Friday February 19, 9.5mi/15.3km
Kelly’s Point Leanto (33.3/1640ft) to Camp Elevation (42.8/2610ft) (NY)
The routine continued, awake at 5am, and skiing out at 6:50am. It was a calm, overcast day. The lack of wind and easy skiing made for an enjoyable hour of skiing across Long Lake.
Looking back to the North, one last time. We exited the lake at Hidden Cove lean-to, and re-joined the official NPT there.
We took a quick snack break at the lean-to, and then continued on the NPT. The trail was broken out at this point, and it appeared it had been traveled by snowshoers and snowmobilers. There was one steep pitch where we experimented with our “skeets”, which is a mild ski crampon for climbing slopes.
We arrived at the Tarbell Road trailhead just before 10am, and I felt a nice sense of accomplishment. It was a difficult 36 miles of skiing, and the 2nd day was a bit of a mental lowpoint. But, we were all very excited that we hit this milestone, and with relatively no issues (blisters, overuse injuries, etc).
We skiied the Tarbell Road, as it hadn’t been plowed recently. After the 3/4 mile ski, we arrived at the other trailhead, where the NPT re-enters the forest. Barrett met us there and fed us McMuffins, beverages, and all sorts of tasty calories. Apparently I was too busy stuffing my face and talking to take any photos.
After an hour of eating, chatting, and story-telling, we put our skis back on. Mark signed us into the trail register, and we were back into the wilderness! This one is the Blue Mountain Wild Forest.
The first two miles were very easy skiing, as the trail was broken out, and it was wide and flat.
Though the occasional blowdown did provide some entertainment. Mark 0, tree 1. He was fine.
After two miles, the popular ski trail diverged from the NPT, and we had a narrower and rougher trail. For one of the blowdowns, Mark took a minute to saw and remove it. I carried a folding saw just for these instances, when it’s not easy to go either over OR under the fallen tree.
With the most egregious branches removed, we could now climb over the fallen tree. Jim again demonstrates his Adirondack blowdown skills.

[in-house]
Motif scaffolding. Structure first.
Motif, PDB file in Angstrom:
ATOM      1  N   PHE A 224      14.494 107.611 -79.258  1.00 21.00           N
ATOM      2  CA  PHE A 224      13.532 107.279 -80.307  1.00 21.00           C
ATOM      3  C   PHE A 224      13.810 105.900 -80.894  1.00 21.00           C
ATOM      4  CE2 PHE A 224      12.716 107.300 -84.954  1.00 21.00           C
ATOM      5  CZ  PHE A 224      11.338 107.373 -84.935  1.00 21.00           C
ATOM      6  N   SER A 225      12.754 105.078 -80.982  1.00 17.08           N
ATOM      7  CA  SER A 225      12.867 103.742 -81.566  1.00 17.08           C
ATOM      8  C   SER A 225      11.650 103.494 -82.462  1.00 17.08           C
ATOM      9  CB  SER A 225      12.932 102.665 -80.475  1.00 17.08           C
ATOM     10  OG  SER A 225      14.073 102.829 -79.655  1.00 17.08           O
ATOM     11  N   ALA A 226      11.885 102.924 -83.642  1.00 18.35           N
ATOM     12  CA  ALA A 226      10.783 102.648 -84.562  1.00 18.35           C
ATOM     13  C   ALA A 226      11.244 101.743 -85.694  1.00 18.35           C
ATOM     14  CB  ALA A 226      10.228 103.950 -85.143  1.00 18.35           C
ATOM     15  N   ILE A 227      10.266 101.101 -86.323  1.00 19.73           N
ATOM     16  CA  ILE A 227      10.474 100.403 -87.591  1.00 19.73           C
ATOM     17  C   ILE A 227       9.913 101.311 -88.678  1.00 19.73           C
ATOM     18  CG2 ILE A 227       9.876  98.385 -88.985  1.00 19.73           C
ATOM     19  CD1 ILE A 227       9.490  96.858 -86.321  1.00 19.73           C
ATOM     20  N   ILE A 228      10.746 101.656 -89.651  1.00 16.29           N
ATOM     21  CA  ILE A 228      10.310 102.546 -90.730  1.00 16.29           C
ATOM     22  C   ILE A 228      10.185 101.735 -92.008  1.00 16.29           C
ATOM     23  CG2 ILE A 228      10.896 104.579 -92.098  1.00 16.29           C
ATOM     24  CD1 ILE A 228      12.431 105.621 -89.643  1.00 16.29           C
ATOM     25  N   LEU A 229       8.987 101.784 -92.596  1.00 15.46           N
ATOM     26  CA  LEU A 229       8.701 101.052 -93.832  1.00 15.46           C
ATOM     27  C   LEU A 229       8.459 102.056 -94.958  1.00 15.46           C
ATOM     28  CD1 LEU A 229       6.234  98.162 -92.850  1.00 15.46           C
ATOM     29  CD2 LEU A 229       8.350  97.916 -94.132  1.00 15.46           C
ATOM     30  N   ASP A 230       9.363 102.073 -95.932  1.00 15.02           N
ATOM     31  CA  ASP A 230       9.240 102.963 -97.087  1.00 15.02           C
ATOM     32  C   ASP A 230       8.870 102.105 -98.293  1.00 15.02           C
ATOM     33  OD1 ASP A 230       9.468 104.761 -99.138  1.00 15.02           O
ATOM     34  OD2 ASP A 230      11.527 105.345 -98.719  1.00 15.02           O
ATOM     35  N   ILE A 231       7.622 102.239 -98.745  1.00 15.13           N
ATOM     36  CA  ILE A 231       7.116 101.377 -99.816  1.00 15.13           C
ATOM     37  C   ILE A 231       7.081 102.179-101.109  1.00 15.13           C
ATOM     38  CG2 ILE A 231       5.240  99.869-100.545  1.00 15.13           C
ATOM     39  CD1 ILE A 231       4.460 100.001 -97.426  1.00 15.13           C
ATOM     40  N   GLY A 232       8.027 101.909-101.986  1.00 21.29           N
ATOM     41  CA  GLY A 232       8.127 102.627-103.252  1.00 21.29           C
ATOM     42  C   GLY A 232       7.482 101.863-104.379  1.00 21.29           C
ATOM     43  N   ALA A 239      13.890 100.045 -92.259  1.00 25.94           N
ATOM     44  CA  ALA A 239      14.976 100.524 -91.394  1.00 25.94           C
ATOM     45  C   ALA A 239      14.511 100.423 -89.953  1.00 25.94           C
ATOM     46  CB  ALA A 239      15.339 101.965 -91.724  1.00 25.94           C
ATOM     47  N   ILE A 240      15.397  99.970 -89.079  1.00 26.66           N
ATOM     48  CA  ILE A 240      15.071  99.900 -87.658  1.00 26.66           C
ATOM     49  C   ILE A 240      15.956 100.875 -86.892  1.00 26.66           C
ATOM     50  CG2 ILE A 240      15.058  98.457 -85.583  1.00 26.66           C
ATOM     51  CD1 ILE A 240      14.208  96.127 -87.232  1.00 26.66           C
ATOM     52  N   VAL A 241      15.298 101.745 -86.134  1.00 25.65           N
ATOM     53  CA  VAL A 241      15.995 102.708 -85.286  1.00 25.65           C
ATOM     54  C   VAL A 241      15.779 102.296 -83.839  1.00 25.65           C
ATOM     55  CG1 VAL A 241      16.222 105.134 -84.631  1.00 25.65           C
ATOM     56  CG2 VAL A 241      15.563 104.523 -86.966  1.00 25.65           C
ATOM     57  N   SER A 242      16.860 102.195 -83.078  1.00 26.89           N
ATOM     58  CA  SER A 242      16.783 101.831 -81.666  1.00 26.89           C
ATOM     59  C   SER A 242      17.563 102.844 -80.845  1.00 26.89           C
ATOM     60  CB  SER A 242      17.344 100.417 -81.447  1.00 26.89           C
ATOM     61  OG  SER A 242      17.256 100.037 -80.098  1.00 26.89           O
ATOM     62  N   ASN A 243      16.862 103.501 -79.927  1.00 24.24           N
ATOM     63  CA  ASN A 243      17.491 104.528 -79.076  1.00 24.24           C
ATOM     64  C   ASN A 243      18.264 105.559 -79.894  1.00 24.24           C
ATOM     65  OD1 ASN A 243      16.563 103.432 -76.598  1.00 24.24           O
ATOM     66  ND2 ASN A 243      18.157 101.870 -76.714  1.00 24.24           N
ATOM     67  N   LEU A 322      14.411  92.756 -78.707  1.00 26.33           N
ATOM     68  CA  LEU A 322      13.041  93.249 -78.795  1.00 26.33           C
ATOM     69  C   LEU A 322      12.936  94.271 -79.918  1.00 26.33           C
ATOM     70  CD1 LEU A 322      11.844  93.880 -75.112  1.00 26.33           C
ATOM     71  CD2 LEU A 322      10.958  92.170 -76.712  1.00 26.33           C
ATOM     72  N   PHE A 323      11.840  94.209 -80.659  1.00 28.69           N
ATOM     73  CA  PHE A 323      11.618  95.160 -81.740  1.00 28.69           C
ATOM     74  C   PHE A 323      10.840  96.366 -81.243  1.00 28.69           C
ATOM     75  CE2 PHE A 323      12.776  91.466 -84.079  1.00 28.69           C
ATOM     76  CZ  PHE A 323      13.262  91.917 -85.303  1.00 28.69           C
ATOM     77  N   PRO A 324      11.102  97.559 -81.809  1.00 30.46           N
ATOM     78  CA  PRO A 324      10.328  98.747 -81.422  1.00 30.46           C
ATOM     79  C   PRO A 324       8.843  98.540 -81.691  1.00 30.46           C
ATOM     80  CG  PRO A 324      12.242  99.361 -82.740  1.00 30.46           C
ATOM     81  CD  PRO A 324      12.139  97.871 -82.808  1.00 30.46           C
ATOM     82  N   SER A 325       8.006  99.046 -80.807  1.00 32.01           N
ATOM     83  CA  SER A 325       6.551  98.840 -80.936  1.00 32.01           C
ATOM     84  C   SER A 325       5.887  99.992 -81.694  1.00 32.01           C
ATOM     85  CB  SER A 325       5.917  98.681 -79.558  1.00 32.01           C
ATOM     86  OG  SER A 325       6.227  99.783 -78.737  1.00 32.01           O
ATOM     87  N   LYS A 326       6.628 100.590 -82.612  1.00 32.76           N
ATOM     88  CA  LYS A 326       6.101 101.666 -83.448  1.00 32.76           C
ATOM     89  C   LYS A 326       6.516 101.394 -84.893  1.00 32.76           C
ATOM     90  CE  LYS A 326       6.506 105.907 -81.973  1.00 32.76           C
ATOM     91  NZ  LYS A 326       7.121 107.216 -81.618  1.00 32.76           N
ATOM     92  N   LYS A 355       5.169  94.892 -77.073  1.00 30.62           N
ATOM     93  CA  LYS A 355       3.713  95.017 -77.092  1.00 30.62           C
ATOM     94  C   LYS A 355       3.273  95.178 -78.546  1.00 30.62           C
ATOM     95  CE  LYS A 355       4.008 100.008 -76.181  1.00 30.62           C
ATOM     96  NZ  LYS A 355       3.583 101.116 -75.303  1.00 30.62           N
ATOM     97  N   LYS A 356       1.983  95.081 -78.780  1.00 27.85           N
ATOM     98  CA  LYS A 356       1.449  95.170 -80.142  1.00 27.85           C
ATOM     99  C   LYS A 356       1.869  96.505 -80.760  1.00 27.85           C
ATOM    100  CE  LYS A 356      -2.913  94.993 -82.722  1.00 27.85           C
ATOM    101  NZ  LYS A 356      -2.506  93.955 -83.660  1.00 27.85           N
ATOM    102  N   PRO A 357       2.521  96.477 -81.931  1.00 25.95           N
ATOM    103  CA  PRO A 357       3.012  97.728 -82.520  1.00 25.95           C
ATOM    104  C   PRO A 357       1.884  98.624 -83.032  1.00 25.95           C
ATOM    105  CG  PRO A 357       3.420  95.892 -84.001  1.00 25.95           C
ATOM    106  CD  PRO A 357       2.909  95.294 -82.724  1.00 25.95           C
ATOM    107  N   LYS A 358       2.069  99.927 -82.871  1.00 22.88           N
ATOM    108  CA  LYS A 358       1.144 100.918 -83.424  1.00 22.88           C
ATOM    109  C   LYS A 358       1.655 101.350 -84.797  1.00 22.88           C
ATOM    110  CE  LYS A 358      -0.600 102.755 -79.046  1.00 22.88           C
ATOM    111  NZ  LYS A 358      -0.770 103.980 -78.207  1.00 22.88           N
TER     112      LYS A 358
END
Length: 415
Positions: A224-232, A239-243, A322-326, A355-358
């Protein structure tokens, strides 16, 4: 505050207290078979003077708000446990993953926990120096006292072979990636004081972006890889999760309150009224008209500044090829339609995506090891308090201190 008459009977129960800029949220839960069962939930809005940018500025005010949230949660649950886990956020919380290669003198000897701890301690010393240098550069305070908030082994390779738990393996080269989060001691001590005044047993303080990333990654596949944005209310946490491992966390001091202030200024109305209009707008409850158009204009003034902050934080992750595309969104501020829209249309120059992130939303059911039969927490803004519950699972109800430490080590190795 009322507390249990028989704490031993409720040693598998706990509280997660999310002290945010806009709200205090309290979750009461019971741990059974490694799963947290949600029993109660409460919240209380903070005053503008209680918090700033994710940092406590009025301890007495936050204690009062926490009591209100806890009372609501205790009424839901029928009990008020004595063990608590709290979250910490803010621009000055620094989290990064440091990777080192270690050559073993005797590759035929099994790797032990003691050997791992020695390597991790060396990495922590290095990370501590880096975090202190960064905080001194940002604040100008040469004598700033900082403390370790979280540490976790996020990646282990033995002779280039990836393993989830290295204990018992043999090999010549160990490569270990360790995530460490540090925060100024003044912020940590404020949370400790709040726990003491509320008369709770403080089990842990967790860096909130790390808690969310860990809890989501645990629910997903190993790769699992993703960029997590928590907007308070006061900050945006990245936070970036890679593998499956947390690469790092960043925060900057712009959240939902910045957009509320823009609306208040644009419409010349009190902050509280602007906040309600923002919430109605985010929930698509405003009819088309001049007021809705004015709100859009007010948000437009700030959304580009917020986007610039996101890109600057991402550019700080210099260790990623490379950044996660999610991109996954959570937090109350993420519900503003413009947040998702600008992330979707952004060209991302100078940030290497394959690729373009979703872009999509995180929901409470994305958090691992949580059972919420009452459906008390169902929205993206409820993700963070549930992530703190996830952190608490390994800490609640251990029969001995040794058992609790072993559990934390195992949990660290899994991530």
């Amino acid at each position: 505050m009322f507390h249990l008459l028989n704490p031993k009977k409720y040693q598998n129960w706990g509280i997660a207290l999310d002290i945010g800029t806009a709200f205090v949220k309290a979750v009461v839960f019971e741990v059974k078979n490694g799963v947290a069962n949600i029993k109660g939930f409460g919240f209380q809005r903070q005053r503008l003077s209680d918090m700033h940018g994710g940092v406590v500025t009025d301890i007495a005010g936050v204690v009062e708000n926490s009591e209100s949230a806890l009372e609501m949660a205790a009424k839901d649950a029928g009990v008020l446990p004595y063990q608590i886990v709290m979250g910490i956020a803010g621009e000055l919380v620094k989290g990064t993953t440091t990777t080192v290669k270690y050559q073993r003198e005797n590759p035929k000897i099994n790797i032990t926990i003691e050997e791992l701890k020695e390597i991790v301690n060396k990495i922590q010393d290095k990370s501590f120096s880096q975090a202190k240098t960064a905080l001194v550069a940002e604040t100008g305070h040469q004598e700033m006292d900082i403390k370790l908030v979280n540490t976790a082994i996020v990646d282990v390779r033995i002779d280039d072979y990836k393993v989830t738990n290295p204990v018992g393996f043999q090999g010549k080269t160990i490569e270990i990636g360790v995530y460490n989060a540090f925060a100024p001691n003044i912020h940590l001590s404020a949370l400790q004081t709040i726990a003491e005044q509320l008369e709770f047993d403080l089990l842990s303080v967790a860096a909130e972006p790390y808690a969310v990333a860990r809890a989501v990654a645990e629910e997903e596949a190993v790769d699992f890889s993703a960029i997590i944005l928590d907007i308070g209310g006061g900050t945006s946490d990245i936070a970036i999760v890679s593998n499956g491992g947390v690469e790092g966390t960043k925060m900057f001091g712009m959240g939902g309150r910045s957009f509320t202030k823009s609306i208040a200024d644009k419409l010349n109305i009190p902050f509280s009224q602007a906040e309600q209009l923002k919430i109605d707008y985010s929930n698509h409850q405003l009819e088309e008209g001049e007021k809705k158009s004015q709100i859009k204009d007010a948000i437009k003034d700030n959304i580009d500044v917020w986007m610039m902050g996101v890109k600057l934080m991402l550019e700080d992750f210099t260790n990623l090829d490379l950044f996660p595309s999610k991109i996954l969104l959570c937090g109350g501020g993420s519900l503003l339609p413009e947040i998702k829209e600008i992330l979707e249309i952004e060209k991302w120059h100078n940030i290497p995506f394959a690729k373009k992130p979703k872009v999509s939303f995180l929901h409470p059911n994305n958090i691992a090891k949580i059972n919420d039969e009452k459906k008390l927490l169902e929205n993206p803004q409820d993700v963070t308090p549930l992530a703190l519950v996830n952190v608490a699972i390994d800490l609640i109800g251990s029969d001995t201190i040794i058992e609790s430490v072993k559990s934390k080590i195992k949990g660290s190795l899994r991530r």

As we climbed higher up to Blue Ridge, the snow character changed, and the breakable crust disappeared. The trees also became much more snow-laden, and I was glad to have a lightly broken-out trail to follow.
It was exhausing climbing up the last half-mile of the steep Blue Ridge, as the trail doesn’t properly switchback, so we were often side-stepping up the steep fall line. Occasionally, I would intentionally leave the trail to make a couple switchbacks. It was really tough climbing, and we reached the top of the 3,010ft ridge just before 4pm. The descent was easier, although now it was on completely unbroken trail. After a short steep section of descent, we got to enjoy a nice ski down through some open forest. I was having so much fun that I forgot to take any photos. At 5pm, we decided to stop at a flat spot near the trail (and a stream) to camp for the night. It was snowing lightly, so we setup a tarp over our snow kitchen. It felt sooo good to sit down!
I ate most of my remaining food at dinner, but since we are skiing out to our resupply tomorrow, I wasn’t concerned. It felt really good to have the steep Blue Ridge behind us, as that had been a frequent topic of conversation the last few days. It is the highest point on the entire NPT, and the steepest climb on the elevation profile. We are camped at 2600ft elevation, so theoretically “it’s all downhill from here”, but that never turns out to be true. 🙂
We have about 9 miles tomorrow to get to the road, where Barrett will meet us again. This time, we will go into town (his house) and get showers and laundry and meals and all the wonderful things!